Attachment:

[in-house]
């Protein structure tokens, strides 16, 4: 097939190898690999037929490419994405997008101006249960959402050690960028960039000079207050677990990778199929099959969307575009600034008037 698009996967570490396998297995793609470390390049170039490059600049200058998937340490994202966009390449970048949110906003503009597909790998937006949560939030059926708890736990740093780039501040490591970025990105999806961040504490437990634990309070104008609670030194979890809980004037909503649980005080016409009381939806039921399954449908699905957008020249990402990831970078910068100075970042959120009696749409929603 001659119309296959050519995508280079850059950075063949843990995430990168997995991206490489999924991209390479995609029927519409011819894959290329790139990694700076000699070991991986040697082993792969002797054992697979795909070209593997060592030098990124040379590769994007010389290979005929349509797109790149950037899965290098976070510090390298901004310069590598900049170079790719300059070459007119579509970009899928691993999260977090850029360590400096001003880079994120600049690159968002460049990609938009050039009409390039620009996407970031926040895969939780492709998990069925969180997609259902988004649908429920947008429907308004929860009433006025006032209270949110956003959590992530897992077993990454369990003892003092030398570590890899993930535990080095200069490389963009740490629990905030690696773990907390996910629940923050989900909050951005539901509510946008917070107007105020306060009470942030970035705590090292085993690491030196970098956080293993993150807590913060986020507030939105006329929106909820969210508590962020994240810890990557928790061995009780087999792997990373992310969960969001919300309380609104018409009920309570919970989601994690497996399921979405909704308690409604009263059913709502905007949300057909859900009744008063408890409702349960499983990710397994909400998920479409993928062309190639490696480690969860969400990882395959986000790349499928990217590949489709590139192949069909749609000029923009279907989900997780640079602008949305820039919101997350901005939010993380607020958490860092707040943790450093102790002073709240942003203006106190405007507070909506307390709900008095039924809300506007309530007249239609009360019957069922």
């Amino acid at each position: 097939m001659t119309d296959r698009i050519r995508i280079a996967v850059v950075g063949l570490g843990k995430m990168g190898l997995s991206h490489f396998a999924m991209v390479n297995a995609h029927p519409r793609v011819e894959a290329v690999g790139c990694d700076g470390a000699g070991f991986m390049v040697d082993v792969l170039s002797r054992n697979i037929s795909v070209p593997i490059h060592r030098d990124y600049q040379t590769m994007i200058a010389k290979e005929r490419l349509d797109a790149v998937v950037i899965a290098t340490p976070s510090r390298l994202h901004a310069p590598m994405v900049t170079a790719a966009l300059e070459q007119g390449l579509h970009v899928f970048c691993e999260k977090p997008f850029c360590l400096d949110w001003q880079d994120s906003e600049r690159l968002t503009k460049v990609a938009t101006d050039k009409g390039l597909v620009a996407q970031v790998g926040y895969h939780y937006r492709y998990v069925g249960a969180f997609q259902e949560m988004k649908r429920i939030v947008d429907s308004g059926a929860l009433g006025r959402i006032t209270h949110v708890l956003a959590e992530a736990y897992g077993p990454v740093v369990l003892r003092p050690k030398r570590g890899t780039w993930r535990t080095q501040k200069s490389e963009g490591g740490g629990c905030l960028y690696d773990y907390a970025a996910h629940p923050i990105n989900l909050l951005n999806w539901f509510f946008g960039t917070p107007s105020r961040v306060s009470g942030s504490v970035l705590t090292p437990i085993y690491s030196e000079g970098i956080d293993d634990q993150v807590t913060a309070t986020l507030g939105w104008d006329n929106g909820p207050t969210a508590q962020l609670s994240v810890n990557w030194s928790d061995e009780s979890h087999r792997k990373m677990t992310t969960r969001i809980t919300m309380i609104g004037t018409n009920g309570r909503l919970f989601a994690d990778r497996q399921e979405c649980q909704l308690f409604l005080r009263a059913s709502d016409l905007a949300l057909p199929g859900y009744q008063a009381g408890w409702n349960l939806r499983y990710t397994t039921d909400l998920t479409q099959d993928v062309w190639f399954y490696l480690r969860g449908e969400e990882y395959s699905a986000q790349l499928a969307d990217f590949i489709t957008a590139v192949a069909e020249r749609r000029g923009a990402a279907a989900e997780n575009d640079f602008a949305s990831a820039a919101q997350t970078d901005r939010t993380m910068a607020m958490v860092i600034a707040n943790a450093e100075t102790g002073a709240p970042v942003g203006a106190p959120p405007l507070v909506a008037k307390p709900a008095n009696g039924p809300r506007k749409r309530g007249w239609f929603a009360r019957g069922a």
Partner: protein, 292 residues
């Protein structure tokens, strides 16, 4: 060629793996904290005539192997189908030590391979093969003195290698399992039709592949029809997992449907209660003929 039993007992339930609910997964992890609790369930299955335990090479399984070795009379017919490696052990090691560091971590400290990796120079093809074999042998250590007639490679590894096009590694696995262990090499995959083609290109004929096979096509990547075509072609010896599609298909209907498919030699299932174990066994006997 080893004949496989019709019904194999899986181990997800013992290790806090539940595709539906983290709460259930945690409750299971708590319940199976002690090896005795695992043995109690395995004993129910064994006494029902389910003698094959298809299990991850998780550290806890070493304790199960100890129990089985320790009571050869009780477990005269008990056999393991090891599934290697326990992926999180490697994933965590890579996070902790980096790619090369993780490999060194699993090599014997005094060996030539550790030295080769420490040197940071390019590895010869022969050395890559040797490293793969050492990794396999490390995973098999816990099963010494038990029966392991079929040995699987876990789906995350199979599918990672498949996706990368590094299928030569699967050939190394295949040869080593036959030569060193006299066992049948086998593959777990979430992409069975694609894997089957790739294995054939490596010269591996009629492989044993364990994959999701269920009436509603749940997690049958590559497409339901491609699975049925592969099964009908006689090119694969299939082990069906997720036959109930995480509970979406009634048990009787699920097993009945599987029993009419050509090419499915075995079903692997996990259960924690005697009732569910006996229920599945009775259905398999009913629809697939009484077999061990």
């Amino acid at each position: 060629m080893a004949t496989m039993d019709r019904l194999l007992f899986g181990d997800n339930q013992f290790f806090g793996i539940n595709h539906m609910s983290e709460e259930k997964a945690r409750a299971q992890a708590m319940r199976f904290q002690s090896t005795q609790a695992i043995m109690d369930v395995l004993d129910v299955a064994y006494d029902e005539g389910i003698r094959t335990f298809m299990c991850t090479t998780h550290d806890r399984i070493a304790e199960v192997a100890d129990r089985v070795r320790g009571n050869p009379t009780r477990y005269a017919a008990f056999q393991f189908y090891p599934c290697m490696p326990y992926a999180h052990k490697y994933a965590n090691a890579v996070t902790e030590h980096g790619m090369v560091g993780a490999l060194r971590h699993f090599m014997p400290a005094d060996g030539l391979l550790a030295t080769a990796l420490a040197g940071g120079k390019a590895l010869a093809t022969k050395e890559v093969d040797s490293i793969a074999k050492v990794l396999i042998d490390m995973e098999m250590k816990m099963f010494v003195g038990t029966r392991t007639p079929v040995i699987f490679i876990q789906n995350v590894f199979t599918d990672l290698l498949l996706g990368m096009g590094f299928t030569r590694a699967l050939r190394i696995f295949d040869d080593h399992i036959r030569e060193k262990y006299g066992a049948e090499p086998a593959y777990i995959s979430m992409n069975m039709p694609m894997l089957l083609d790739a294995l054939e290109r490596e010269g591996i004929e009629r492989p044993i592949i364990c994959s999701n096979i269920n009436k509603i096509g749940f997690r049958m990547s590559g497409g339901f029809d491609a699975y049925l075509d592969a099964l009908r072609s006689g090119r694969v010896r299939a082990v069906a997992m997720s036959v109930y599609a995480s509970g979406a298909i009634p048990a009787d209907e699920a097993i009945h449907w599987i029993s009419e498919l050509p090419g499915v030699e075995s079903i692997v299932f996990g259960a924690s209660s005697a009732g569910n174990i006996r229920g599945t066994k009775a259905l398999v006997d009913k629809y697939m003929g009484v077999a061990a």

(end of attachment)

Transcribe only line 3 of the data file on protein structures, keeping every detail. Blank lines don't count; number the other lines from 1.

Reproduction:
């Amino acid at each position: 097939m001659t119309d296959r698009i050519r995508i280079a996967v850059v950075g063949l570490g843990k995430m990168g190898l997995s991206h490489f396998a999924m991209v390479n297995a995609h029927p519409r793609v011819e894959a290329v690999g790139c990694d700076g470390a000699g070991f991986m390049v040697d082993v792969l170039s002797r054992n697979i037929s795909v070209p593997i490059h060592r030098d990124y600049q040379t590769m994007i200058a010389k290979e005929r490419l349509d797109a790149v998937v950037i899965a290098t340490p976070s510090r390298l994202h901004a310069p590598m994405v900049t170079a790719a966009l300059e070459q007119g390449l579509h970009v899928f970048c691993e999260k977090p997008f850029c360590l400096d949110w001003q880079d994120s906003e600049r690159l968002t503009k460049v990609a938009t101006d050039k009409g390039l597909v620009a996407q970031v790998g926040y895969h939780y937006r492709y998990v069925g249960a969180f997609q259902e949560m988004k649908r429920i939030v947008d429907s308004g059926a929860l009433g006025r959402i006032t209270h949110v708890l956003a959590e992530a736990y897992g077993p990454v740093v369990l003892r003092p050690k030398r570590g890899t780039w993930r535990t080095q501040k200069s490389e963009g490591g740490g629990c905030l960028y690696d773990y907390a970025a996910h629940p923050i990105n989900l909050l951005n999806w539901f509510f946008g960039t917070p107007s105020r961040v306060s009470g942030s504490v970035l705590t090292p437990i085993y690491s030196e000079g970098i956080d293993d634990q993150v807590t913060a309070t986020l507030g939105w104008d006329n929106g909820p207050t969210a508590q962020l609670s994240v810890n990557w030194s928790d061995e009780s979890h087999r792997k990373m677990t992310t969960r969001i809980t919300m309380i609104g004037t018409n009920g309570r909503l919970f989601a994690d990778r497996q399921e979405c649980q909704l308690f409604l005080r009263a059913s709502d016409l905007a949300l057909p199929g859900y009744q008063a009381g408890w409702n349960l939806r499983y990710t397994t039921d909400l998920t479409q099959d993928v062309w190639f399954y490696l480690r969860g449908e969400e990882y395959s699905a986000q790349l499928a969307d990217f590949i489709t957008a590139v192949a069909e020249r749609r000029g923009a990402a279907a989900e997780n575009d640079f602008a949305s990831a820039a919101q997350t970078d901005r939010t993380m910068a607020m958490v860092i600034a707040n943790a450093e100075t102790g002073a709240p970042v942003g203006a106190p959120p405007l507070v909506a008037k307390p709900a008095n009696g039924p809300r506007k749409r309530g007249w239609f929603a009360r019957g069922a």